ONE OF MY GREAT DISAPPOINTMENTS as a motor cyclist,” Ixion revealed, “was the refusal of the trade to follow the lead set it by Messrs Wartnaby and Draper, when they brought out a motor cycle with a rational lubricating system. Readers may remember that a sump beneath the engine carried sufficient oil for several hundred miles: this was circulated by a pump, and the engine was accurately oiled: its plugs never sooted: the oil consumption was low: the crank case kept spotlessly clean: and the rider had no demands made on his memory or skill. I sighed for a WD machine this week, when I had to ride in succession three typical British machines, none of them too familiar, all throwing the onus of accurate oiling on the driver, and all oscillating between the twin nuisances of a hot bearing or a sooted plug. Readers know that I am not on principle an indiscriminating admirer of American motor cycles, and consider they enjoy a far greater popularity in this country than they deserve. But on this, point at least they have us whacked. You can get on most Yankee bicycles and leave them to oil themselves. On the average Britisher, unless you stick to one machine and one brand of oil, you are perpetually wondering how long ago you put in that last charge of oil, or how many drops are really percolating per minute behind the miserable little greenery-yallery window of the so-called sight gauge.”
‘TEDDY’ CARROLL LAPPED the Cincinnati Speedway for 24 hours on a standard Indian Powerplus combo, covering 1,276 miles at an average 53.6mph.
IN THE USA MOTOR CYCLING and Bicycling magazine followed the lead set by The Motor Cycle by publishing recruitment pages under the heading ‘Uncle Sam’s Fighting Men’.
“WE HAVE A UNIQUE CHANCE to develop the lightweight utility mount, first for our own sakes, as we shall be ready for it—years before other nations are, and secondly for export, as by lapse of time the complex heavyweight will go out of fashion in other countries also. We are still very far short of the ideal in almost every respect. That is natural and pardonable, but it will be unpardonable if our trade wastes too many years following the heavyweight will o’ the wisp; its knell is already sounding, so far as the general public are concerned, though our dashing youngsters will buttress up an illusive demand for it for some years to come.”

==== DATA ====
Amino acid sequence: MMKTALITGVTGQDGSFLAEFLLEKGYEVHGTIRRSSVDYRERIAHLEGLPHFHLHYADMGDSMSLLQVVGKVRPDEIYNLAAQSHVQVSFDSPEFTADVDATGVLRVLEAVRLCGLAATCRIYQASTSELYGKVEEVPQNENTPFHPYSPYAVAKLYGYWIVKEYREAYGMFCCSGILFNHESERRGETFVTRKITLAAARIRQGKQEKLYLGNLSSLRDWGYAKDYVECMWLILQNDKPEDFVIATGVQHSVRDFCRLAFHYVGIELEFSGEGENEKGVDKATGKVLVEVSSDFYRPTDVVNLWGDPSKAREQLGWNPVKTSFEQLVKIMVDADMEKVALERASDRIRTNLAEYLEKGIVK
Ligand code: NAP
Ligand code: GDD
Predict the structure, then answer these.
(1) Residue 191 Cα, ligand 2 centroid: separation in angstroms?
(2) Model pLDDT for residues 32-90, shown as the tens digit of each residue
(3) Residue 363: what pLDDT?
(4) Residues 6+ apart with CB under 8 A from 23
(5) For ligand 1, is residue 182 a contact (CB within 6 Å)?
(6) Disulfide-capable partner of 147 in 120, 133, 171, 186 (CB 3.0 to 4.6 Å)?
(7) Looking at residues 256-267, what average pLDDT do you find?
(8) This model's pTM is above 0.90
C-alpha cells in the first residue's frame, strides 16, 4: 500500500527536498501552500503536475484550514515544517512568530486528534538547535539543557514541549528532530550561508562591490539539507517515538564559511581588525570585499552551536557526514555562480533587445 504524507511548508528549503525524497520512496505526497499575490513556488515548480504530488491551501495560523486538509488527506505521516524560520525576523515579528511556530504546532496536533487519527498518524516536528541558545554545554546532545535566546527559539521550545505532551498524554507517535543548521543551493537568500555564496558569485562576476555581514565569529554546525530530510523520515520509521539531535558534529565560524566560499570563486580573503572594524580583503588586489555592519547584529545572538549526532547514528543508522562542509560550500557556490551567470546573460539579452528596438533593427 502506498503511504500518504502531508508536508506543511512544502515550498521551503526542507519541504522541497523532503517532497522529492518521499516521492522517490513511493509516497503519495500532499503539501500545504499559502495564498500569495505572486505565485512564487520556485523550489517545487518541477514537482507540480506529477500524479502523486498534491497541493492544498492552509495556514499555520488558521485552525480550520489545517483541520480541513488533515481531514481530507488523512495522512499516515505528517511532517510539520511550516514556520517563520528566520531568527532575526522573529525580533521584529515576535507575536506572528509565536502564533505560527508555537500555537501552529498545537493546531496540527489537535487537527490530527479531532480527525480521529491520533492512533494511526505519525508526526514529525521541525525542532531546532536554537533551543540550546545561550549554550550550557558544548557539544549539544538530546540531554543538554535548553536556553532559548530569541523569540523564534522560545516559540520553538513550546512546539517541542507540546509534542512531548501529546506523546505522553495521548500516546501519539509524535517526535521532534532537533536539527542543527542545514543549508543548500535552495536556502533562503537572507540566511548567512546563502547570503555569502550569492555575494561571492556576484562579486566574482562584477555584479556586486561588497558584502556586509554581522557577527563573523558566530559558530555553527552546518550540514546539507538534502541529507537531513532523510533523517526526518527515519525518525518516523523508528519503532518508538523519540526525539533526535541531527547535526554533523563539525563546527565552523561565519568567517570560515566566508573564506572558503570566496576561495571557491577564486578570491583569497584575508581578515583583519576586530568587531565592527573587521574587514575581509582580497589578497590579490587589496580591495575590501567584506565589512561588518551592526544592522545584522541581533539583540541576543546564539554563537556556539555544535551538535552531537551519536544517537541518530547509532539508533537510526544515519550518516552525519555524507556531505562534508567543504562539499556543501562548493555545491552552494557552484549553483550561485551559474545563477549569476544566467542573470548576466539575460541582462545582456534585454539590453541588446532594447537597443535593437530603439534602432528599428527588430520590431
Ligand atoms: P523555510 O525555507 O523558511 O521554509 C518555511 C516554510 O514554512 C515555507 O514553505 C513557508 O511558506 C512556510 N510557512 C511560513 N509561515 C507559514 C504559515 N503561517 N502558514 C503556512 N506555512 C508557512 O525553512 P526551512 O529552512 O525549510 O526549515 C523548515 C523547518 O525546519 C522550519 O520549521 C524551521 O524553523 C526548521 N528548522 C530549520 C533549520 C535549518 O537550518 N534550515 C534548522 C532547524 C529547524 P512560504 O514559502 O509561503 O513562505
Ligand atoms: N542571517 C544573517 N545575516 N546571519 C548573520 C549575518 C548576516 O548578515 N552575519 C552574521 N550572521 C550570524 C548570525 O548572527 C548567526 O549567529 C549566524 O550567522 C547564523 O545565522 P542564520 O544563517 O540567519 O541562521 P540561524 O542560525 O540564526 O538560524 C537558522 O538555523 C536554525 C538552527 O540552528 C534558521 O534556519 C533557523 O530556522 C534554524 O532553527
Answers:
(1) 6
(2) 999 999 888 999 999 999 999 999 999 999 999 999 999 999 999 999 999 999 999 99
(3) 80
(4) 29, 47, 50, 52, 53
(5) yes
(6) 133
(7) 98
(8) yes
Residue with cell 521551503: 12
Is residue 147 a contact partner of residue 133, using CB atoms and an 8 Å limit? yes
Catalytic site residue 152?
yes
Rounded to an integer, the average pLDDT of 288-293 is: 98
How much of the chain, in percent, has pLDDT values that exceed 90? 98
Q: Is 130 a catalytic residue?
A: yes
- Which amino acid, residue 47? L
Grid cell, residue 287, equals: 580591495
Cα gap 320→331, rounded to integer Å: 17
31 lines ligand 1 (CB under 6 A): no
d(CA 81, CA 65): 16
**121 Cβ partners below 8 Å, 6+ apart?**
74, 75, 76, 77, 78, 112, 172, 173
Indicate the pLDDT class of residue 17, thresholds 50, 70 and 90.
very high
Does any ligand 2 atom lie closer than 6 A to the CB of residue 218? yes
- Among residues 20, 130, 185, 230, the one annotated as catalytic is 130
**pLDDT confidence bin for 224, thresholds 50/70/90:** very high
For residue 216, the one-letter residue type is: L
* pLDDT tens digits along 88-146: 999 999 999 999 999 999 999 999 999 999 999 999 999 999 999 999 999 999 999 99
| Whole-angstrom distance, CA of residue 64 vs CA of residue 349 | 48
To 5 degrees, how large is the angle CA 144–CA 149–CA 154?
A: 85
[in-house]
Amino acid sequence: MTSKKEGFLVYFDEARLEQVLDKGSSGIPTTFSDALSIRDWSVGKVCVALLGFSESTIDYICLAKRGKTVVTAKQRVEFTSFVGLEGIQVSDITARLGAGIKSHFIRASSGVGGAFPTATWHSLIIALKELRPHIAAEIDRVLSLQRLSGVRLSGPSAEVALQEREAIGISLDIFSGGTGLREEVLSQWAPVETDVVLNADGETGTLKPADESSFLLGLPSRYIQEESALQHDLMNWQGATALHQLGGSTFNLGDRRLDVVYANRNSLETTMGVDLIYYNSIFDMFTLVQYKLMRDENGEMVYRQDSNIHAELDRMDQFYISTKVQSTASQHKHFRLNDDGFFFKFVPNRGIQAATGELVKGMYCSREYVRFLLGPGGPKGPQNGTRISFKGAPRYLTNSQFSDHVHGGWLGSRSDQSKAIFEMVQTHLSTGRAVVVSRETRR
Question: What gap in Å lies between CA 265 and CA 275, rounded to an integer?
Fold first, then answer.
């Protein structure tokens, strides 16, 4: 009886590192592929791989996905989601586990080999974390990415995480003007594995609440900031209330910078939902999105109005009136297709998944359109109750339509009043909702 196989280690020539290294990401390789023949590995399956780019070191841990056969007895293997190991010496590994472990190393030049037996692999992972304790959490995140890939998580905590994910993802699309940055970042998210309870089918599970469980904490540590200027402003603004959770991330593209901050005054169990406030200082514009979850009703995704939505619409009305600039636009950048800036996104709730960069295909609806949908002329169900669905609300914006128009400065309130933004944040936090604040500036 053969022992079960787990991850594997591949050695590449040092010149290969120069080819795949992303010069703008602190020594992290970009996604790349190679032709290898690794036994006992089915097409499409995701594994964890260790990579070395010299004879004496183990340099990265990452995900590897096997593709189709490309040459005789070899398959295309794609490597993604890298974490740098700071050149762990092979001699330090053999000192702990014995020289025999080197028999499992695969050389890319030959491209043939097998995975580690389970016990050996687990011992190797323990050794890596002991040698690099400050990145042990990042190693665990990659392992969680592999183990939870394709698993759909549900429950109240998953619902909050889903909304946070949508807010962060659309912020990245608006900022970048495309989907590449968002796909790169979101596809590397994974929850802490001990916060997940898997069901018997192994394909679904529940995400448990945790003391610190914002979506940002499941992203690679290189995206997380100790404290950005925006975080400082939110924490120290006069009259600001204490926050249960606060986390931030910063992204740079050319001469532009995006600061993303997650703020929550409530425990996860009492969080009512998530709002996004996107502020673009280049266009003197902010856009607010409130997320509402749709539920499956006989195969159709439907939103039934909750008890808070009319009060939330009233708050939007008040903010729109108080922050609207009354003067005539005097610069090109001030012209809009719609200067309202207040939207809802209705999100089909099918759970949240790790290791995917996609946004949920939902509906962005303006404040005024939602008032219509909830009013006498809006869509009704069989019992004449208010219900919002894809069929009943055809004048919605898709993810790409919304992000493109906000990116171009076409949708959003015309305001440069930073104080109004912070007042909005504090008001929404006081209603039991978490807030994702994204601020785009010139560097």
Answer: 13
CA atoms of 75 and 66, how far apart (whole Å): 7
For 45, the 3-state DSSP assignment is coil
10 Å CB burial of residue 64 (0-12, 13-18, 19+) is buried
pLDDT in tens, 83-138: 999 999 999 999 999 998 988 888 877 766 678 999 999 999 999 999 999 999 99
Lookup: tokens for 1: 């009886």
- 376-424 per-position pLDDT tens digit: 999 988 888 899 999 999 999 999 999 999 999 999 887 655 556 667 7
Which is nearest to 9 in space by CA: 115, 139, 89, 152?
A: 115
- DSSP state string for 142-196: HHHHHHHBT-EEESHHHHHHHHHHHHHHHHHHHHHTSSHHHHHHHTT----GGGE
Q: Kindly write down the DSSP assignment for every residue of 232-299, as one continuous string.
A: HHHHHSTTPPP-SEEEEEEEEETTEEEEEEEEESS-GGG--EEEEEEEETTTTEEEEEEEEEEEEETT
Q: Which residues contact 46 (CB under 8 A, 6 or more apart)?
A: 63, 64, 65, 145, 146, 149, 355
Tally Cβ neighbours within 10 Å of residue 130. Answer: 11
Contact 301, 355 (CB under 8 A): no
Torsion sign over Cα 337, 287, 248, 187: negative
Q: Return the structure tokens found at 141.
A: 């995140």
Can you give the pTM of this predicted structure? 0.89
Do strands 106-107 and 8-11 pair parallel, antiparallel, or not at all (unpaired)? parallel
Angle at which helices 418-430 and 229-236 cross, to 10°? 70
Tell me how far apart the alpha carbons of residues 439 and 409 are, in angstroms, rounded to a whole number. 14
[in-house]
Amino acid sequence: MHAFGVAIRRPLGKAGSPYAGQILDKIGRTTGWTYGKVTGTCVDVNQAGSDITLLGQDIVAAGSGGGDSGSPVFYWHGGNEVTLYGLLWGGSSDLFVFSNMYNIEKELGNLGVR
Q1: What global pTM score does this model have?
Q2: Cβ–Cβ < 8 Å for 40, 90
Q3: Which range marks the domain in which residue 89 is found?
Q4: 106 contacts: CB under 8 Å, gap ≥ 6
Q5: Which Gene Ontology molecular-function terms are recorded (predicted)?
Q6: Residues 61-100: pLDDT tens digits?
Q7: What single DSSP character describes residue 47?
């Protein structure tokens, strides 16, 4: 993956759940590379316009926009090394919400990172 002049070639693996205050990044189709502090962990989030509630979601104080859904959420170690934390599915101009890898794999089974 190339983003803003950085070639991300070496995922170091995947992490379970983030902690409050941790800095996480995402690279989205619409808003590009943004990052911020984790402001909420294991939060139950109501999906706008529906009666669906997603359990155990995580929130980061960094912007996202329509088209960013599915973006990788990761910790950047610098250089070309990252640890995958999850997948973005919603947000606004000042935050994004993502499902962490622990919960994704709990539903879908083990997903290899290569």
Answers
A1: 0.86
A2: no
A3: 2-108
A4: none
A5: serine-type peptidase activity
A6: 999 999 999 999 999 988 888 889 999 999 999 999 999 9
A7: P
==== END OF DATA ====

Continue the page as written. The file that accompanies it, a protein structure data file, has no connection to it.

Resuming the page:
“THERE ARE TOO MANY PEOPLE in the motor cycle world, both makers and users, who consider that motor cycles have reached the stage in which there can be no improvement. This is very dangerous position to arrive at in any industry, and the subject therefore requires careful study. People are rather too apt to compare the motor bicycle with the pedal cycle. Now, the pedal cycle has reached, so far as we can see, finality, but the motor cycle is a very different proposition, for it is not a simple machine propelled by brute force. No one will contend that the internal combustion engine is perfect, and yet before the war we had motor cycle manufacturers slavishly copying one another, with the result that individuality in design was lacking in most makes. The war has taught people a great deal, and not least of all those engaged in the manufacture of motor cycles. Firms who confidently supplied the Government with machines at the beginning of hostilities—thinking that they were perfect and that nothing better could be devised—had a series of terrible shocks when the campaign was not many weeks old. Their products, which they thought good enough for an ACU Six Days trial—over roads so bad that the competitors almost struck because of them—failed hopelessly at the Front, and it was discovered that the roads in the war area, which had to be traversed by men whose duty it is to obey and not to ask why, played such havoc with the machines that they were almost immediately thrown out of commission. The chief lessons which the war has taught us are that for really rough work the ultra-lightweight is unsuitable, as it does not possess either sufficient strength or power, and that the medium-weight machine, which was thought to be ideal, needed a good deal of strengthening and detail improvements in the way of protection both for the rider and for the external working parts. There are points, however, which the war has not cleared up. It has done nothing to make motor cycles more silent, nor has it improved their flexibility—two items which need serious attention. There is yet another point which we have continually advocated, and that is the general adoption of the spring frame. It behoves the ACU, therefore, to bear in mind that when the time comes for the discussion of another six days trial special marks should be awarded for silence, flexibility, and springing—items that up to the present have been sadly neglected.”